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Renaissance - Past Orbits Of Dust: Live 1969/1970 CD (album) cover

PAST ORBITS OF DUST: LIVE 1969/1970

Renaissance

 

Symphonic Prog

3.92 | 4 ratings

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SteveG
4 stars Past Orbits of Dust: Live 1969/1970 is a tough album for me to review as it's made up of rare live recordings of the Renaissance Mark 1 lineup with varying degrees of sound quality. The Mach 1 lineup featured Keith Relf and Jim McCarty, formally of The Yardbirds, on guitar and drums respectively, along with Relf's sister Jane on vocals, John Hawken on piano and Louis Cennamo on bass. Hawken was a founding member of the one hit wonder The Nashville Teens, while Cennamo was a young but accomplished session player.

Only Jane Relf was a performing novice, but her contributions were mostly in the form of backing vocals and supplying Aeolian choral backing to all but three of the album's eight songs.

The most striking aspect of these performances are how assured they were and are even more striking when one realizes that the entire first Renaissance album was road tested months before it was committed to vinyl. One of the circumstances that led to such stout performances was the fact that the band shared bills with harder rocking bands, as the concert promoters only knew that the group was formed from the ashes of the disintegrated Yardbirds , and placed them on concert bills with the likes of groups in the same vain as Humble Pie.

As a result, the group had to raise their game and were also much grittier and animated than the performances on their first album would suggest.

The album's two lead off tracks, recorded in late fall of 1969 in Helsinki, Finland are probably the album's two best sounding recordings, albeit a bit mono sounding, and amply demonstrate the band's chops as well as showcasing their new classical sound fused with rock music. The second of these Helsinki tracks features a more bluesy version of Bullit with excellent harmonica playing by Keith along with a Doors-like vocal break in the middle where Keith whispers, then shouts, about children playing with toy guns and what society implies to them about hand guns. The track ends with a great bass solo by Cennamo who employs an explosive fuzz tone and delay to his bass's sound and commences to play his own dark sounding symphony before all members rejoin to give the song it's final few notes.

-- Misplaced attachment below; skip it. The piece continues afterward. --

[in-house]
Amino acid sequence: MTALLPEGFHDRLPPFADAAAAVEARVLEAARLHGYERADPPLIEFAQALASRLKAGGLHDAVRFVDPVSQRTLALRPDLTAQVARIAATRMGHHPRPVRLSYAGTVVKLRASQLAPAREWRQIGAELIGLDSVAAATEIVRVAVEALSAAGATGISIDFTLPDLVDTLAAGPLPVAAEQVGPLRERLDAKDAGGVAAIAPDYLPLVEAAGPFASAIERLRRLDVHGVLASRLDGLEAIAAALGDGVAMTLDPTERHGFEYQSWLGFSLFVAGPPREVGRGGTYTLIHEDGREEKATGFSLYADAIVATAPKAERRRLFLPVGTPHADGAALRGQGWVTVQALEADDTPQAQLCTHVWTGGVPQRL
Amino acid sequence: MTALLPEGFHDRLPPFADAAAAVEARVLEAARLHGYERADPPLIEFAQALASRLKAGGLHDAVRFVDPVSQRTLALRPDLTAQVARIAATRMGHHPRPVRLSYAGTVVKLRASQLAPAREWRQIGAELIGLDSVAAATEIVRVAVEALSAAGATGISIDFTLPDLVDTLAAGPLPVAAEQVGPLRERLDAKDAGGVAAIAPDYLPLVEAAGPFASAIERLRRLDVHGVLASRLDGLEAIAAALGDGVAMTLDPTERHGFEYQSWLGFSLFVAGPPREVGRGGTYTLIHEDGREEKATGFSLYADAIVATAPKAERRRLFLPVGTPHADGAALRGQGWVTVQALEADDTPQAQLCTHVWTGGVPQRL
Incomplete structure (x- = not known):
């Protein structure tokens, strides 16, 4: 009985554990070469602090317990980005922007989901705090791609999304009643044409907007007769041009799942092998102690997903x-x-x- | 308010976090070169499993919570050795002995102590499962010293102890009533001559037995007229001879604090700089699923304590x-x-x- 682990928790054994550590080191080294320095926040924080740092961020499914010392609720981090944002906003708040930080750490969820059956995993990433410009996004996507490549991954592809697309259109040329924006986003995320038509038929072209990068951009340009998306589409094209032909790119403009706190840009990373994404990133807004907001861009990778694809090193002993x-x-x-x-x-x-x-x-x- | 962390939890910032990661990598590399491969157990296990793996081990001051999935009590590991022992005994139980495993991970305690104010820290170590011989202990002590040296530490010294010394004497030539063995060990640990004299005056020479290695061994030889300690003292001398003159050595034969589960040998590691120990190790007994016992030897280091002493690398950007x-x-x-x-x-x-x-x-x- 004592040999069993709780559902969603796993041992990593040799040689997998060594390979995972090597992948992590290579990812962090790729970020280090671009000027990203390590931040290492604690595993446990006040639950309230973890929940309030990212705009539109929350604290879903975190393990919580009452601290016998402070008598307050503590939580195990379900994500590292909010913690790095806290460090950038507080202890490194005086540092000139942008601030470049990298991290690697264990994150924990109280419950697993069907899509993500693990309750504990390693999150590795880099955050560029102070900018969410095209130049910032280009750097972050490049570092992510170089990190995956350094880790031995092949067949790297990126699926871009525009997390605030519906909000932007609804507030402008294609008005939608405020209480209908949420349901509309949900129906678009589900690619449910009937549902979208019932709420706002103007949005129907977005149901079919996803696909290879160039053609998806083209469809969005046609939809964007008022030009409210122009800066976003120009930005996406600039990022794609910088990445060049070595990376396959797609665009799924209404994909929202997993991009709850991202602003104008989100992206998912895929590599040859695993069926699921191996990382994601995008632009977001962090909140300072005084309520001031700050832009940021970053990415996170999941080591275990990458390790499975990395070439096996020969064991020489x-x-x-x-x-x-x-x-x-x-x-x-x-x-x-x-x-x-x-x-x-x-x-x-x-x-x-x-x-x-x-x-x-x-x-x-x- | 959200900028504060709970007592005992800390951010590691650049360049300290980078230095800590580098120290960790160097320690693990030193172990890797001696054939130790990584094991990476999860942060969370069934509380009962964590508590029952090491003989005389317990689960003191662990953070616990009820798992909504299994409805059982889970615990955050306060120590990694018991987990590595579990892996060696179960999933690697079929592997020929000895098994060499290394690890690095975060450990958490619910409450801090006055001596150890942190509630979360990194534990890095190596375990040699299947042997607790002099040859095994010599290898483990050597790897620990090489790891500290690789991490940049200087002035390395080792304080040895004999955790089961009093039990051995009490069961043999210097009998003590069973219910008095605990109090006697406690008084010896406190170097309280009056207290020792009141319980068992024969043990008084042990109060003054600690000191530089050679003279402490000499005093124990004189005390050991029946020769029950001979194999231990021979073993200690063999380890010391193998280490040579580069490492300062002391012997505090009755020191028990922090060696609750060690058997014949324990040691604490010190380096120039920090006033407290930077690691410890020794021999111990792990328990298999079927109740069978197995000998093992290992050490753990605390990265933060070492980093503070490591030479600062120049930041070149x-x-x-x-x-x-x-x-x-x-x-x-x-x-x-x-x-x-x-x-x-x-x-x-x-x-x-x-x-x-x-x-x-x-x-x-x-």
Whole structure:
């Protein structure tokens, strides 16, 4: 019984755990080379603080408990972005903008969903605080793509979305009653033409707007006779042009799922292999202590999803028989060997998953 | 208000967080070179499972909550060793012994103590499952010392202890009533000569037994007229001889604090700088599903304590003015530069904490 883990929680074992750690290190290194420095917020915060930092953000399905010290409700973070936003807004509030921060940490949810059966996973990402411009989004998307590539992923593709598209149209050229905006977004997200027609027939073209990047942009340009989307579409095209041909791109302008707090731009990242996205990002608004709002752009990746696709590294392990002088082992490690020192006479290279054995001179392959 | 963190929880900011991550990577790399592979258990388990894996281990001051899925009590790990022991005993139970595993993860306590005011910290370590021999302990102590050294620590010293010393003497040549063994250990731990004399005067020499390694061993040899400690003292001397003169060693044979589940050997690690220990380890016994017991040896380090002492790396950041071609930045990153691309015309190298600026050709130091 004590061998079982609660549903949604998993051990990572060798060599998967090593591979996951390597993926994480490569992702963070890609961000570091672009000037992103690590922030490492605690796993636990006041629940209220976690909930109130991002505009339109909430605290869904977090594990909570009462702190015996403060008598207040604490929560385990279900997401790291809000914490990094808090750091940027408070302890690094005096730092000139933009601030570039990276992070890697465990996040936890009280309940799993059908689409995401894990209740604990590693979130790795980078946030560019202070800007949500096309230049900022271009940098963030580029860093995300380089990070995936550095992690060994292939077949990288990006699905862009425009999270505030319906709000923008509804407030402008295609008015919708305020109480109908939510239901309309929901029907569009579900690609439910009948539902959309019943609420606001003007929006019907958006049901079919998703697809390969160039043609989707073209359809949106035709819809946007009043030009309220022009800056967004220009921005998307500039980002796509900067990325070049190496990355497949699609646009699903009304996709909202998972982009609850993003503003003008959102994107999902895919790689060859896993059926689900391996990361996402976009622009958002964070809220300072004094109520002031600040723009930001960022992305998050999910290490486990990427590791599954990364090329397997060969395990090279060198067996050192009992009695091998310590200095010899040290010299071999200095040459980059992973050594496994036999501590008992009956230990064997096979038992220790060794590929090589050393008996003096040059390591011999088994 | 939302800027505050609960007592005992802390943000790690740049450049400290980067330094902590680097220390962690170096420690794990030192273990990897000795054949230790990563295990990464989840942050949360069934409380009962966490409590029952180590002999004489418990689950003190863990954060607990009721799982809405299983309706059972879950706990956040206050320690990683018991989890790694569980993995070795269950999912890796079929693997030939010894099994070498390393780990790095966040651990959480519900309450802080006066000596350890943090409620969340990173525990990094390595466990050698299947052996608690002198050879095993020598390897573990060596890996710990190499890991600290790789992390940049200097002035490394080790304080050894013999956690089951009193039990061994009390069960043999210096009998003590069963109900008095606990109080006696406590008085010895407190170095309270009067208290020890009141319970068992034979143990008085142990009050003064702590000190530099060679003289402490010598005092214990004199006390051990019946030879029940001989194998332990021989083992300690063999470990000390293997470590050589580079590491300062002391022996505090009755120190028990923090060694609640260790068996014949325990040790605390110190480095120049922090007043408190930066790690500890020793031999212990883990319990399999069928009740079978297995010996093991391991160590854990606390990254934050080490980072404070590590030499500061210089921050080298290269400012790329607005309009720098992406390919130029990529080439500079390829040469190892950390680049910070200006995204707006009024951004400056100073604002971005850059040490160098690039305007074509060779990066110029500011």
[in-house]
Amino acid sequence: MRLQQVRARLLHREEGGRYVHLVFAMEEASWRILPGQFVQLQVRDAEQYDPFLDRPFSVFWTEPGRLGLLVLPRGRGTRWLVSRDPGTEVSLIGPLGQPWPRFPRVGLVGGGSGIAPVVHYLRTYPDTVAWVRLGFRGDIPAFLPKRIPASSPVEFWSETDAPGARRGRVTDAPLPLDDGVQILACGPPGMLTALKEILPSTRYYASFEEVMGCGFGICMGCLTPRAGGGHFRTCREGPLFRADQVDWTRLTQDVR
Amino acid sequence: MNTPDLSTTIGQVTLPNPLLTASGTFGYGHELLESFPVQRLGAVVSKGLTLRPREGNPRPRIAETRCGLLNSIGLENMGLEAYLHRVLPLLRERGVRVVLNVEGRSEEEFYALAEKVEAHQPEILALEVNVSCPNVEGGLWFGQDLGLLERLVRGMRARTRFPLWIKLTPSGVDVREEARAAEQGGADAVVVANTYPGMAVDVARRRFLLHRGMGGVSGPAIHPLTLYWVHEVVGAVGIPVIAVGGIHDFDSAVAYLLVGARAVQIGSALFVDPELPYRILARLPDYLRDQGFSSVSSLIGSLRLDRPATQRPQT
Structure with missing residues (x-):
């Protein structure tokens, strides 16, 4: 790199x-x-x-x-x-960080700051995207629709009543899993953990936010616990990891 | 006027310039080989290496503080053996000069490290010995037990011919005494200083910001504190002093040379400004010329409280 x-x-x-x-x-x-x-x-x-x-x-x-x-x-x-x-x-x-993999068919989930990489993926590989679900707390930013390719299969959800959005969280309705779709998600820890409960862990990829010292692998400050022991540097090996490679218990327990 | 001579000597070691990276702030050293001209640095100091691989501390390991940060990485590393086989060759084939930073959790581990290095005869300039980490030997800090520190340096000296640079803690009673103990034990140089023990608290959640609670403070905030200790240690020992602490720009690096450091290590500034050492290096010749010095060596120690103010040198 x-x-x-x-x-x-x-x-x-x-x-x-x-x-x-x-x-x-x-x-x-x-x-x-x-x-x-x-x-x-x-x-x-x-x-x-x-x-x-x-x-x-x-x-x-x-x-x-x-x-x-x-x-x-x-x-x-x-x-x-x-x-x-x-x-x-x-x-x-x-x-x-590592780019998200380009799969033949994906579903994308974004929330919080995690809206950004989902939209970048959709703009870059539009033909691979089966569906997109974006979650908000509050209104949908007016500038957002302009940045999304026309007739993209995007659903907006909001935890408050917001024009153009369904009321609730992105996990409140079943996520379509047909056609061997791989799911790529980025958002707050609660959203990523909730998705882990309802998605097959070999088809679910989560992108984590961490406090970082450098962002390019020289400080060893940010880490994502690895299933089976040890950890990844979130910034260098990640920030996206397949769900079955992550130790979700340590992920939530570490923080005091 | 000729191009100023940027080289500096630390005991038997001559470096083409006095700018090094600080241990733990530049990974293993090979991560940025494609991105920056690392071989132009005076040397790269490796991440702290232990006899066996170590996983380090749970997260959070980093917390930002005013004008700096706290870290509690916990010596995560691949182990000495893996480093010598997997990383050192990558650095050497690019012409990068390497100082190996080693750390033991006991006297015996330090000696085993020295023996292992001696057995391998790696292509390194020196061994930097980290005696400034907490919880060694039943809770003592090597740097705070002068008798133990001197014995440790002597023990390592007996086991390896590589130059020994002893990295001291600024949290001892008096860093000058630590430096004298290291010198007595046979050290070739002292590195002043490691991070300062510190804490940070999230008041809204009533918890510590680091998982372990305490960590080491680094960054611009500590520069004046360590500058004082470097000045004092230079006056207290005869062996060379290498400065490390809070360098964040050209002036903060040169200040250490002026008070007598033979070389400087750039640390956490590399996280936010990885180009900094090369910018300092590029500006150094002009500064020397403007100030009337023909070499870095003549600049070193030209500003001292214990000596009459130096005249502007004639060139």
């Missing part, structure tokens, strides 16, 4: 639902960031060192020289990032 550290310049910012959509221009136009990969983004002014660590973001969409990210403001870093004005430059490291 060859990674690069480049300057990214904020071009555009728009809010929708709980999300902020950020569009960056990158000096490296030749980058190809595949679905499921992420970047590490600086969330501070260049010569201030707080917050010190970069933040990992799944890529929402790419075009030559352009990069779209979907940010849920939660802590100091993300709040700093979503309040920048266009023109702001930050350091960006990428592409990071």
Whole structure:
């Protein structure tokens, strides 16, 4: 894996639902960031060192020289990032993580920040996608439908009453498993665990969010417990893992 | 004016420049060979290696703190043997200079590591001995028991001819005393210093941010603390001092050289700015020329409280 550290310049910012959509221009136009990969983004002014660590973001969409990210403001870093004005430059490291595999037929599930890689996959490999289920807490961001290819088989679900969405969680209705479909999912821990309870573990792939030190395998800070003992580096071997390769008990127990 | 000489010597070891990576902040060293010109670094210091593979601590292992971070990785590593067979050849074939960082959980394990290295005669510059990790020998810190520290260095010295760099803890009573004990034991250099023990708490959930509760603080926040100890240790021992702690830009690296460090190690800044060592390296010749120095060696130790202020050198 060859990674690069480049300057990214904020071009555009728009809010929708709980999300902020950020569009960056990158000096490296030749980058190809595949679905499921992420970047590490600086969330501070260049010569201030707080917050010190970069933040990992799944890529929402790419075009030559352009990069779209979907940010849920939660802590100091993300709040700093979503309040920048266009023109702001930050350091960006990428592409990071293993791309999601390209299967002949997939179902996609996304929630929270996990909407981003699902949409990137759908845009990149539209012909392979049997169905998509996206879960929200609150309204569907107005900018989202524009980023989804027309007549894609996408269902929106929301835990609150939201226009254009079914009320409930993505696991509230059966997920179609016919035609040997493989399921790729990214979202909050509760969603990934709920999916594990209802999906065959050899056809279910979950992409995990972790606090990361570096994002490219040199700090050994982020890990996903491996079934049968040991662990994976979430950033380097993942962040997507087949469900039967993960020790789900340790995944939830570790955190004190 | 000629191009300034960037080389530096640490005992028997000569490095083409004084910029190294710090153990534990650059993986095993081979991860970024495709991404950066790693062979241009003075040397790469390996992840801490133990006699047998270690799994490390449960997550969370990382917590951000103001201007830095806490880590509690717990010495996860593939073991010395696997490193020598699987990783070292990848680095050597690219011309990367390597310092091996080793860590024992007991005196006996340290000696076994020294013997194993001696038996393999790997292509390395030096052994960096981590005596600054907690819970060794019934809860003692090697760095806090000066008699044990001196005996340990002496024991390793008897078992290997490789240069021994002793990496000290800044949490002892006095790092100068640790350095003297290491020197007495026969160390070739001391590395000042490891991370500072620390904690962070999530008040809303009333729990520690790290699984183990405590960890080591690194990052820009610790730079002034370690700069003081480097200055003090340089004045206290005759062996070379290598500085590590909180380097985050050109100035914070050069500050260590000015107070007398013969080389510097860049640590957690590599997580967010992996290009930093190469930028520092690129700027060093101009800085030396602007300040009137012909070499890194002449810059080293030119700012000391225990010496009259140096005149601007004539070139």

Innocence is from a New York concert and again features Keith Relf on vocals before Hawken ends the song with his now usual homage to Beethoven, Bach, Johann Straus, Mozart and other popular central European classical composers, without sounding outright derivative of these composers. This track sports good sound with better stereo separation. The same cannot be said about the following track, Wanderer, sung by Jane, as this track has merely passible sound quality as does an early version of Sounds of Yesterday, which is considered one of the best tracks ever recorded by the Mach 1 lineup and was featured on the band's follow up Illusion album that was recorded and released (In Germany only) one full year later in 1971. It's fascinating for fans of this early lineup to hear how completely arranged this song was just a few months after releasing their first album.

The album closes with a jam that was latter partially incorporated into the studio version of Kings and Queens, titled No Name Raga, and a second version of Kings and Queens from a Swedish concert with features the Jane Relf showcased song Island sandwiched in between. All three tracks have good sound as does the closing track, an outtake from the 1971 Illusion sessions titled Statutes, which is as close as the Mach 1 lineup came to recording a commercial sounding "pop" song with it's catchy chorus and, it's little more, than two minute length. The song actually sounds unfinished to me as if it need's a lead guitar passage placed over it's bland middle eight section. Again, with it's varying quality of recorded sound, it's a hard album for me to rate. For someone who is an "archivist" of the group, like me, then Past Orbits of Dust is a four star essential. For those who cherish consistent sound qualtity, three stars would seem to be the best rating as these members or fans will rarely play this historical gem more than a few times.

SteveG | 4/5 |

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